Cordon del Plata: Day 4
“Tonight I go to bed at a new altitude, 12,225. I feel great with the exception of my stomach, but it’s just gurgly.
Today the team awoke and had a talk about our dynamic and how we would approach easy feats like day hikes to camps. Do we break and not worry about it separating and going at our own paces throughout the day? Or do we always stay together in training as a means of building the team ethic early? We decided that it was ok to break as long as we understood that we are one team that does not compete, but pulls together to achieve our mutual goals.
Today we hiked to a new higher camp on the way to el Salto. It’s nice and higher than the traditional Piedra Grande camp that most people stop in for a night between las Veguitas and el Salto. When we arrived, camp was complete with lots of soiled toilet paper everywhere. I have since torched all that I can find. Why are people pooping so close to where they sleep and eat? We have jokingly given this camp the name, “Camp Muir”.
We relaxed in camp all afternoon after a brutal hike up with heavy packs. Tomorrow is sure to be just as brutal as we slog up to el Salto. Today on the hike the wind was so strong that at times it stopped me or forced me to balance on my poles and hunch over. My pack is exceedingly heavy too with the tripod. I might not get it any further than base camp on Aconcagua. The tripod opens up so many more photo possibilities, but it’s so damn hard to carry in addition to all other weight that is absolutely necessary.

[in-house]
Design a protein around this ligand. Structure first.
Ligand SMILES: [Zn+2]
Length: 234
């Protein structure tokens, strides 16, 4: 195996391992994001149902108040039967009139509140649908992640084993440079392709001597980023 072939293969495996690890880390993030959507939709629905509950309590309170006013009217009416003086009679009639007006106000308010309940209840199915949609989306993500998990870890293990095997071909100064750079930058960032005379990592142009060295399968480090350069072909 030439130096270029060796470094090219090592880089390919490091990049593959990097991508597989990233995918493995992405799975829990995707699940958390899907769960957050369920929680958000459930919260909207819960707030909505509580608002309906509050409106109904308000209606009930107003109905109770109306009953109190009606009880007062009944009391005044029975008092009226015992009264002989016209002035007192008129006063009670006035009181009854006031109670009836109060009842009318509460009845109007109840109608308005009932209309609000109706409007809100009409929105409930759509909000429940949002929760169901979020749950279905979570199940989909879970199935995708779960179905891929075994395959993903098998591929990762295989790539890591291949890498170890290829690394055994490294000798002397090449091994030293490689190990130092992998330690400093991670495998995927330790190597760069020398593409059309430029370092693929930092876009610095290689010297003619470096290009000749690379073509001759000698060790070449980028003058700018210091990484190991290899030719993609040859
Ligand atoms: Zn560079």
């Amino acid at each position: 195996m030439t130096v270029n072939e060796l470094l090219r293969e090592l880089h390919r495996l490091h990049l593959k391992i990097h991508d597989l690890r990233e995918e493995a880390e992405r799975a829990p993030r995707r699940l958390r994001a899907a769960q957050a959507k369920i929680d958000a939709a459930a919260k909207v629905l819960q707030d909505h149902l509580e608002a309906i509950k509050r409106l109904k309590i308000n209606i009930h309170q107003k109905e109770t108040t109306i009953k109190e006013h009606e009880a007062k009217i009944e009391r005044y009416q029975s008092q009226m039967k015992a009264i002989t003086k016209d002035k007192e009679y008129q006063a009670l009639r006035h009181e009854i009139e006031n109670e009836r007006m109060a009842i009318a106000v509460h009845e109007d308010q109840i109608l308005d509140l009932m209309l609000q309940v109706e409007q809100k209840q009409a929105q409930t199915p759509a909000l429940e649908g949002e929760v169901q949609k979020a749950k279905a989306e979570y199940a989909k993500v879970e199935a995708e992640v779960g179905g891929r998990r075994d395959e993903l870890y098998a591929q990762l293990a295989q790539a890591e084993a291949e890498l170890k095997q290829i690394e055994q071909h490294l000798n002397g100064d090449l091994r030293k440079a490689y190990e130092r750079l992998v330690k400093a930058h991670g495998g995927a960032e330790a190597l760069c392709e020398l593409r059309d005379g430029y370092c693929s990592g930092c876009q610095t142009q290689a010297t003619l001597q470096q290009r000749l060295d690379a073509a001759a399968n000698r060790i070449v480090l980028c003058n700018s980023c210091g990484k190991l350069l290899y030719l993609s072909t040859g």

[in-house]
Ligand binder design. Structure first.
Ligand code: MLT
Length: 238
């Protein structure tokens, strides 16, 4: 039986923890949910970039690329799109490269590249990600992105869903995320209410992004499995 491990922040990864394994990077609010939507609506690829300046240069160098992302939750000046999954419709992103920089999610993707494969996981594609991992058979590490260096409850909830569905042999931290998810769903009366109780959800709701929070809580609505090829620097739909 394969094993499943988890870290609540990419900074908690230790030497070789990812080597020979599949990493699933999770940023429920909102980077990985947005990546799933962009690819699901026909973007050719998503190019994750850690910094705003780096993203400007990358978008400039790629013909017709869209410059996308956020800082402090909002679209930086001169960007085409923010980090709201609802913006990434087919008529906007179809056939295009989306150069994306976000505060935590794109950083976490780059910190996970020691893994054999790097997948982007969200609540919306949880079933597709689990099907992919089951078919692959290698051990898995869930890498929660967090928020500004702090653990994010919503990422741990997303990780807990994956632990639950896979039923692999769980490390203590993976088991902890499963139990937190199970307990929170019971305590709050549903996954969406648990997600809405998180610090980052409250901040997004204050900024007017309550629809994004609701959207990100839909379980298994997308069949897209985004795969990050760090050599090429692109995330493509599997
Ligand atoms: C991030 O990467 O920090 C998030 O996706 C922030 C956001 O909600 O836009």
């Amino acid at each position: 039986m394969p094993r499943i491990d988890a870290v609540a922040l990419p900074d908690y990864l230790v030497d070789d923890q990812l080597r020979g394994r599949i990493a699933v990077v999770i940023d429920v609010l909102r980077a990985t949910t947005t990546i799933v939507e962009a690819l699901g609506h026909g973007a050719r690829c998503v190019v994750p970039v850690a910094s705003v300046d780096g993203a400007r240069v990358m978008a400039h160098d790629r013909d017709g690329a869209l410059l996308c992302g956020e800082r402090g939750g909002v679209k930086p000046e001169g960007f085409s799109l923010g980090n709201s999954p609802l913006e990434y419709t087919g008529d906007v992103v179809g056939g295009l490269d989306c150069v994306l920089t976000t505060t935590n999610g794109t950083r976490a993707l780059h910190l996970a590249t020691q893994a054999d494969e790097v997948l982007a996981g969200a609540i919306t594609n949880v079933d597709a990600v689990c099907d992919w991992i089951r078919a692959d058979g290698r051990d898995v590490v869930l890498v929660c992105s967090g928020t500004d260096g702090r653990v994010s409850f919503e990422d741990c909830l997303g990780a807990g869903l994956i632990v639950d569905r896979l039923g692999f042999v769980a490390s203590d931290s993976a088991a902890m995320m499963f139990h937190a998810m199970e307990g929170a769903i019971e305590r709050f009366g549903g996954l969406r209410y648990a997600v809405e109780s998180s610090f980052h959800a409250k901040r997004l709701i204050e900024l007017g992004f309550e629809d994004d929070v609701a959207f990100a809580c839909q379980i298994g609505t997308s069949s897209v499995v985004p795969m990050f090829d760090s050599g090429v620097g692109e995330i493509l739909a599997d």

Speaking of resources, fuel is now becoming an issue, albeit a small one at this point. Three nights in Veguitas were fun, but they did drain some of our reserves with many mates, morning coffee, hot meals and the like etc. What’s great is that we see this and as a group take note, start tweaking, skimping and asking ourselves the really necessary questions. Do I need this afternoon mate? Do I need this soup or will a Clif bar suffice?
The one thing that is plentiful is electricity for blogging, gps, camera batteries and iPods. I used to be all against iPods in the woods, but if it were not for this, I would have not gotten to sleep last night in a consistent, howling wind and flapping tent.
I don’t know how much longer we´ll be in the Cordon, maybe 4 more days? We decided to stay until our food or fuel run out. From here we go to Salto, then spend a rest day/ light acclimatization hike there the following day. Then on Saturday, we go to la Hollada and on Sunday we awake and go for Cerro Plata. I would like to get Cerro Vallecitos too, but who knows if we can get both. All depends on luck, our bodies and the weather. Until tomorrow…”